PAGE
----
Adding a language to Tableau Server

If you find yourself embedding Tableau Server but serving areas with languages that are not part of the standard set provided by default, it is possible to add support for additional language.

DISCLAIMER: Not supported by Tableau whatsoever, may break at any time, may void your warranty, proceed with caution!!!.

Updated 2018-05-09: New instructions for Tableau Server 10.5. A few things moved but it all works like before.

Adding a New Language

There are two parts to Tableau Server that are visible to the end user (only one when you fully embed):

  • vizportalclient: the UI of Tableau Server
  • vizqlserver: Draws all of the vizes that are embedded in an iframe.

These instructions will add a language to vizqlserver, but we’ll also do some work on vizportalclient to make sure everything is in order.

There are three steps to adding a language:

  1. Adding an entry for the language into the Repository
  2. Duplicating an existing language’s files and modifying
  3. Adjusting the JavaScript files of Tableau Server to make the language available

Adding an entry for the language into the Repository

Inside the Tableau Server PostgreSQL Repository, there is a table called language_prefs. If you SELECT * this, you’ll find the languages that appear in the Language selection box for each user. Tableau Server also uses this table on startup to determine which languages exist in the server.

To add a Russian language pack:

INSERT INTO language_prefs VALUES

The values for the row are:

  1. The lowercase version of the language code (‘ru’ for Russian). This is how the language will be identified in other places throughout the Tableau Server code
  2. The name that will be visible in the drop-down selector in the Tableau Server UI
  3. An integer that determines the order the languages appear in the selector box for each user. The default pattern goes up by 100 each time, and there are 8 original languages, so our first new language is 900 and we’ll just increment from there. I suppose you could rearrange the existing languages to put your new one to the top.
  4. The fourth value is the help file link pattern, which we’ll leave pointed to the English help, because that’s one thing we’re not going to take into our own hands for translation.
  5. The last value is the language_locale code, with language lower-case and locale uppercase. ‘ru_RU’ in this case.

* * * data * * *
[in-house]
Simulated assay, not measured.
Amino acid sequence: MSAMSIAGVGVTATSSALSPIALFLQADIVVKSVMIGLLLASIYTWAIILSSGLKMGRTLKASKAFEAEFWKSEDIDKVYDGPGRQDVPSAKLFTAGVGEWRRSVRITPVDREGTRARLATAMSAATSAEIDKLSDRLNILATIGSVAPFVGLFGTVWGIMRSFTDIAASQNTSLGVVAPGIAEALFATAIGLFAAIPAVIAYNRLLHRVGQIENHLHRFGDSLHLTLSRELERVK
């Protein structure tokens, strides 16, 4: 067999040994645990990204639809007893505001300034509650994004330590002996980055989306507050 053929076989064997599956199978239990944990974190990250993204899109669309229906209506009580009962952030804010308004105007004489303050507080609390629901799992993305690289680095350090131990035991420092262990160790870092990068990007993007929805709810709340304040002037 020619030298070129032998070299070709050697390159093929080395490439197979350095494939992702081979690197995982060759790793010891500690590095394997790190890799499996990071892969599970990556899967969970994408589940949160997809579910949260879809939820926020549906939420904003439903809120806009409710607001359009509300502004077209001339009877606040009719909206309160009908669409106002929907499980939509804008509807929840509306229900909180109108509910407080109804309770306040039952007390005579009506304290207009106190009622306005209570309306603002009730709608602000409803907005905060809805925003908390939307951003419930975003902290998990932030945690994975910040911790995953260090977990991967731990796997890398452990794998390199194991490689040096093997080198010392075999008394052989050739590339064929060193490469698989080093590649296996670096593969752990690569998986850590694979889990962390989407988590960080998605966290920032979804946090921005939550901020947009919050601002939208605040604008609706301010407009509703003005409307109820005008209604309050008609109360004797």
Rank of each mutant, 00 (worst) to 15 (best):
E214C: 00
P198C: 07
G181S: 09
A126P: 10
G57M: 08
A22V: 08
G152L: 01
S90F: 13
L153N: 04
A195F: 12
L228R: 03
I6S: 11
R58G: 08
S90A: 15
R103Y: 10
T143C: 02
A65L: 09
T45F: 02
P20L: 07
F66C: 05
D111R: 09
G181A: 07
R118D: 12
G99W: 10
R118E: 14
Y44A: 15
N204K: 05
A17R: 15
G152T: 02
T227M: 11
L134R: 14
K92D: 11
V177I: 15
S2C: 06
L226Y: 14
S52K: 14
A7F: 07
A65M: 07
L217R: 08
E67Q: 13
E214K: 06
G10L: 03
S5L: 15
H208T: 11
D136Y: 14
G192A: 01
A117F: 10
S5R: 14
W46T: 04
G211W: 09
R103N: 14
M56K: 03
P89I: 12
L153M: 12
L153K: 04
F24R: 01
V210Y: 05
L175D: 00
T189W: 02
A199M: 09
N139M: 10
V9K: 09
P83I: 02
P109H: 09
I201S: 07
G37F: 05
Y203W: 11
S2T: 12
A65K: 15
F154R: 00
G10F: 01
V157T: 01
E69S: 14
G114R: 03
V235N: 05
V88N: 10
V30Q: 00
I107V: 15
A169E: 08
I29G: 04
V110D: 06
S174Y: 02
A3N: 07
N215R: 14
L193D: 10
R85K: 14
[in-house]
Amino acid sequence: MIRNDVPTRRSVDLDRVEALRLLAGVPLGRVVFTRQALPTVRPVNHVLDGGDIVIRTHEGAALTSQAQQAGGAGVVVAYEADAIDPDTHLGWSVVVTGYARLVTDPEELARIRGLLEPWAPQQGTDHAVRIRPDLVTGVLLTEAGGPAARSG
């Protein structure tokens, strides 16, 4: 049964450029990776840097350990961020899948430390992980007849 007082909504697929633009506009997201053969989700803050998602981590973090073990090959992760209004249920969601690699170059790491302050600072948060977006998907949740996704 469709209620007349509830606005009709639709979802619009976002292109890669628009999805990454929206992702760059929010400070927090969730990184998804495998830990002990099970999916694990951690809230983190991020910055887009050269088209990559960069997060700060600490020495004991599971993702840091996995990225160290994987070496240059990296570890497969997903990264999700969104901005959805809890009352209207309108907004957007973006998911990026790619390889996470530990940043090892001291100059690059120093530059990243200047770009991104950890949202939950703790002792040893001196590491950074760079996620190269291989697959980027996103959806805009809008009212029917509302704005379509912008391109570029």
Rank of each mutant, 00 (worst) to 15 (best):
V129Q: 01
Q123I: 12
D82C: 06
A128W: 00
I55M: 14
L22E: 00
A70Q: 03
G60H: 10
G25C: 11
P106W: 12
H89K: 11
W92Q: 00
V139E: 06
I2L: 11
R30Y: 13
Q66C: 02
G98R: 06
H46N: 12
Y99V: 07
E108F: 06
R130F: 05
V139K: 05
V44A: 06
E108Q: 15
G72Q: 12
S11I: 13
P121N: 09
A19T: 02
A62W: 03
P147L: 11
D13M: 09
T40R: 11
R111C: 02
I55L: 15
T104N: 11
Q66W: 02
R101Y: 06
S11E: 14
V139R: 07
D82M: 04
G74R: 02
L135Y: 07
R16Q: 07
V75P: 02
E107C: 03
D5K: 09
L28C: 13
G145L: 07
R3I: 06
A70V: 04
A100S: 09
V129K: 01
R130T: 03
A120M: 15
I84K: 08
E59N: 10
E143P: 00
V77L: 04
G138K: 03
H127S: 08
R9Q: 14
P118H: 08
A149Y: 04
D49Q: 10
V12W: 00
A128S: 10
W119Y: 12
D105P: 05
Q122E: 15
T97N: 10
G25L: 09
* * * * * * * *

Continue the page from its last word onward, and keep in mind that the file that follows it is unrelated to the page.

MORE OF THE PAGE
If you just tried this with the readonly user, you received a message that you don’t have privileges. That user isn’t named “readonly” for nothing. To do this warranty voiding action, you’ll have to find a user with admin rights, which might be mentioned in various blog posts. If you can find the user and its password, you are qualified to continue.

At this point, when you restart Tableau Server it will try and look for the Russian language files. They don’t exist yet, so we better create some.

Duplicating an existing language’s files and modifying

Note: You’ll want to copy all of the custom files you create before you do an upgrade, then put them back in place afterward, checking that no new values have been added to the jsstrings files for the supported languages. You also should keep a copy of the original vizportalMinLibs.js and messageformat_locales.js (and anything else you change) that you can substitute back in place so nothing gets messed up when you upgrade.

Note 2: In 10.0+, every content file has an equivalent .gz file which will be read if it exists. You can rename all of these with “.old” at the end so that the Apache server will ignore them. Or you can gzip your modified files to replace them. You also MUST follow these steps to disable server-side caching so that your new files will be delivered. There are also min.js versions of almost every JavaScript file. These are almost impossible to modify, so what you can do is change their names (and move somewhere safe) and then save the non-minified version with the .min.js ending. I supposed you could minify the files as well but that’s beyond me.

Note 3 (10.5): In 10.5, the server-side caching seems to be less strong that before, so you may not need to disable it. However, the system is definitely looking for the min.js versions of the files, so make sure you do the duplication mentioned at the end of Note 2.